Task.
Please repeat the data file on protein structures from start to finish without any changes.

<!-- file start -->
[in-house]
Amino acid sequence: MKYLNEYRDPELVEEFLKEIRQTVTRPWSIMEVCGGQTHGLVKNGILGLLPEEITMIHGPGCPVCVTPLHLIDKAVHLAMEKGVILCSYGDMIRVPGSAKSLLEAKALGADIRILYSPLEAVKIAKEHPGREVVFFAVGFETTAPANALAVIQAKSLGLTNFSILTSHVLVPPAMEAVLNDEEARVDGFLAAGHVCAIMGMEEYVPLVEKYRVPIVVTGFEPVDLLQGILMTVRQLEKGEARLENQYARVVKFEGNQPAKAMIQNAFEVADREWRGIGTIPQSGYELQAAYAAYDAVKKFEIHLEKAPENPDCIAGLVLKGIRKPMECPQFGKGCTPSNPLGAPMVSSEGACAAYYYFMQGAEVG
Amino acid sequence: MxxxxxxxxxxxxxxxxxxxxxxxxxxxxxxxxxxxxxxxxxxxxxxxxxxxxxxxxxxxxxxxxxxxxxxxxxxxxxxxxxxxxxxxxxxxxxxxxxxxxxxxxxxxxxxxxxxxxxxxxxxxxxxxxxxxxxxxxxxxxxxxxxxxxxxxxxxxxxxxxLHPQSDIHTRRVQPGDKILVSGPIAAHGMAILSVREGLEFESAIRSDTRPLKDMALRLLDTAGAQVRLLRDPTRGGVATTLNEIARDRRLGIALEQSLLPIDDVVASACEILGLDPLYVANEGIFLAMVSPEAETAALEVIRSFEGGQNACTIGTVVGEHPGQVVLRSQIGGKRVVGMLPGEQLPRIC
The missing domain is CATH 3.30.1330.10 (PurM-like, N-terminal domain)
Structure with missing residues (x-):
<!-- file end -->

[in-house]
Amino acid sequence: MKYLNEYRDPELVEEFLKEIRQTVTRPWSIMEVCGGQTHGLVKNGILGLLPEEITMIHGPGCPVCVTPLHLIDKAVHLAMEKGVILCSYGDMIRVPGSAKSLLEAKALGADIRILYSPLEAVKIAKEHPGREVVFFAVGFETTAPANALAVIQAKSLGLTNFSILTSHVLVPPAMEAVLNDEEARVDGFLAAGHVCAIMGMEEYVPLVEKYRVPIVVTGFEPVDLLQGILMTVRQLEKGEARLENQYARVVKFEGNQPAKAMIQNAFEVADREWRGIGTIPQSGYELQAAYAAYDAVKKFEIHLEKAPENPDCIAGLVLKGIRKPMECPQFGKGCTPSNPLGAPMVSSEGACAAYYYFMQGAEVG
Amino acid sequence: MxxxxxxxxxxxxxxxxxxxxxxxxxxxxxxxxxxxxxxxxxxxxxxxxxxxxxxxxxxxxxxxxxxxxxxxxxxxxxxxxxxxxxxxxxxxxxxxxxxxxxxxxxxxxxxxxxxxxxxxxxxxxxxxxxxxxxxxxxxxxxxxxxxxxxxxxxxxxxxxxLHPQSDIHTRRVQPGDKILVSGPIAAHGMAILSVREGLEFESAIRSDTRPLKDMALRLLDTAGAQVRLLRDPTRGGVATTLNEIARDRRLGIALEQSLLPIDDVVASACEILGLDPLYVANEGIFLAMVSPEAETAALEVIRSFEGGQNACTIGTVVGEHPGQVVLRSQIGGKRVVGMLPGEQLPRIC
The missing domain is CATH 3.30.1330.10 (PurM-like, N-terminal domain)
Structure with missing residues (x-):